DAVIES: Right, and that certainly influenced Donald Trump's - or synced well with Donald Trump's approach to China. You know, I mentioned in the introduction this news conference in New York Harbor, Steve Bannon and Guo Wengui on a boat. Tell us about this. It's quite a remarkable moment.
OSNOS: It is. It's kind of a surreal scene. You know, these two figures who are just very different visually. I mean, Guo is a very carefully attired, kind of trim-cut wearing Brioni suits, and Bannon is, as many Americans would recognize, is a kind of more informal figure. And the two of them sitting side by side on this little boat in front of the Statue of Liberty had engineered a scene that was designed to communicate this new partnership, these two ideas, the sort of pro-Trump movement against, as Bannon would put it, elites and against the Chinese government, and then Guo Wengui's movement against the Chinese Communist Party.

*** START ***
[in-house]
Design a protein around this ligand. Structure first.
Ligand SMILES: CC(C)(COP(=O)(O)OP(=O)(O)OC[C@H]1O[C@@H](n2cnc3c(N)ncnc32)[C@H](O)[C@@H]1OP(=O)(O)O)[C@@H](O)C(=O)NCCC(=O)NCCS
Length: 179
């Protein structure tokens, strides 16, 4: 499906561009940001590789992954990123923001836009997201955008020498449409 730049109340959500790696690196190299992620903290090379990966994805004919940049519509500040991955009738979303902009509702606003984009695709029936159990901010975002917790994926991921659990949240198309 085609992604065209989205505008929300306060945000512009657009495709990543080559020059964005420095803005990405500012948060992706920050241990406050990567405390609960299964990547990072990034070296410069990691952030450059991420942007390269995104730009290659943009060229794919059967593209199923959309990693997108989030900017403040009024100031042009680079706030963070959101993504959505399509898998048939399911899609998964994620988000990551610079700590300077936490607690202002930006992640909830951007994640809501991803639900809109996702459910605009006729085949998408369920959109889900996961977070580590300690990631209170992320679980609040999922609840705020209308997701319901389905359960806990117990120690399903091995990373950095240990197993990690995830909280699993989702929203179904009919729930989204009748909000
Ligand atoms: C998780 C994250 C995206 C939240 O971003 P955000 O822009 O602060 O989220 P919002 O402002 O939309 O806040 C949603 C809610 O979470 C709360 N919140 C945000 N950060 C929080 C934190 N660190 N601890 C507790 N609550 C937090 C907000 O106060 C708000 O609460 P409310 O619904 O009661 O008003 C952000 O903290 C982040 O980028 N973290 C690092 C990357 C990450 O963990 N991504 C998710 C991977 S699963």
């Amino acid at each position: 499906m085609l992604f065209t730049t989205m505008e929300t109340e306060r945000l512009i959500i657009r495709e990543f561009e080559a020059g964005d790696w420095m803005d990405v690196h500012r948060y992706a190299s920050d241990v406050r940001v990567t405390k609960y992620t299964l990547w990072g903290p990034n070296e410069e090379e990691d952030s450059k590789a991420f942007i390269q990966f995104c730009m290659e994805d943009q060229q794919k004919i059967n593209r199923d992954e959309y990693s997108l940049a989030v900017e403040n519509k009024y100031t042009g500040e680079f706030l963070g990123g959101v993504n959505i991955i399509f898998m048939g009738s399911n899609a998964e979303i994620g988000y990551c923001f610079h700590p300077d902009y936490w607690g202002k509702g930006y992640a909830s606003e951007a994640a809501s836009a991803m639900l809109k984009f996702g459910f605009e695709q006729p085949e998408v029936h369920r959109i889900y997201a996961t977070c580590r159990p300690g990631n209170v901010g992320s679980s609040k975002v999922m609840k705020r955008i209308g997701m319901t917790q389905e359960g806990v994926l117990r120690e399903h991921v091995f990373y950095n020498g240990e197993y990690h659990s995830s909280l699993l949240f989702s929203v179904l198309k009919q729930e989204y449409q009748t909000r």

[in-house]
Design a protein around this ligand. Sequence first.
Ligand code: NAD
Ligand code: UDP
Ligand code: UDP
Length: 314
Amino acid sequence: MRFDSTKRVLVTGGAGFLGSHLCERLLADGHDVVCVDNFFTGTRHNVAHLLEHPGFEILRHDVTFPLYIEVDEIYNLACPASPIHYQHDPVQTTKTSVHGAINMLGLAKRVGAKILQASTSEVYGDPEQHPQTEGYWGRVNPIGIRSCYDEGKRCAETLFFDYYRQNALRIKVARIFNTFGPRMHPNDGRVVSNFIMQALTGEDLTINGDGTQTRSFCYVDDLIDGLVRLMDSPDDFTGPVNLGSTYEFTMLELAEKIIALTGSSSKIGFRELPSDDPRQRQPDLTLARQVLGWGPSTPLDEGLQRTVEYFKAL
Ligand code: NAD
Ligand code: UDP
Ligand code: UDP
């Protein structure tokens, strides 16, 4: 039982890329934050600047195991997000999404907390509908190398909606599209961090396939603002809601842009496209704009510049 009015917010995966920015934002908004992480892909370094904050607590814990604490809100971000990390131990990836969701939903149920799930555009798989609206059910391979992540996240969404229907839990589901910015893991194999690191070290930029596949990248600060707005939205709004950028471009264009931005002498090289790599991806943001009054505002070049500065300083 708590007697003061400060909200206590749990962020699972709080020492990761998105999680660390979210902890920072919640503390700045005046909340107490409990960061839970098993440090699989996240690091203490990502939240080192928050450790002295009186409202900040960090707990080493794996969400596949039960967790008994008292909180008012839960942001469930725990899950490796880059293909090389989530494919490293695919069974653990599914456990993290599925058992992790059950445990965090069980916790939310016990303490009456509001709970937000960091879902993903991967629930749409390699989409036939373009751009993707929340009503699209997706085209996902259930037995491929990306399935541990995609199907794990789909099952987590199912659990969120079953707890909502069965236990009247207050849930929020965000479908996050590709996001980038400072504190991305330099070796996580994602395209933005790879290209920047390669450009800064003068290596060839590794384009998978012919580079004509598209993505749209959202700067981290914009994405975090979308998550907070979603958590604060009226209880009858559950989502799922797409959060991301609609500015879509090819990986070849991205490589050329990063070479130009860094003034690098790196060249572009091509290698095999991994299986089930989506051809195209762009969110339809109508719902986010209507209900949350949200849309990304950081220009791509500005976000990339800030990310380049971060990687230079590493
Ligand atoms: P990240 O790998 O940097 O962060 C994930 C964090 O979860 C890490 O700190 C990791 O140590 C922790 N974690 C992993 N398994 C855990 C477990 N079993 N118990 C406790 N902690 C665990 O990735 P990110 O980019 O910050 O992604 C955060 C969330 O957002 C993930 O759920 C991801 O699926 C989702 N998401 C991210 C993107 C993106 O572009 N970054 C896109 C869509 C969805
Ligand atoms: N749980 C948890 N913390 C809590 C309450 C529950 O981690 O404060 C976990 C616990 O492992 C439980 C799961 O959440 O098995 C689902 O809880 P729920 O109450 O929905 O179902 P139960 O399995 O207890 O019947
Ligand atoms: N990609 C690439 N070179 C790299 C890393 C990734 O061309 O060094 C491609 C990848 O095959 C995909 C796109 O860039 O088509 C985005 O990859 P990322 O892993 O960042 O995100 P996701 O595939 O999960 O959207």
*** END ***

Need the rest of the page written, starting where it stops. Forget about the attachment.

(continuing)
And there's this moment when Guo is chanting in Chinese, take down the Chinese Communist Party, the CCP, and then Bannon joins him in it. But it's - you see on their faces, it's this kind of union of calculated interests, these two people who have found themselves together not quite naturally, but productively. And that really was the beginning. They formed what they described as a government in exile that was mostly online, but it was a symbol of how they were setting themselves out to try to build out a movement around themselves.
DAVIES: So there's this chanting in Mandarin, and then it finishes in English. And then Guo plants a kiss on Bannon's cheek and says, love you. Right?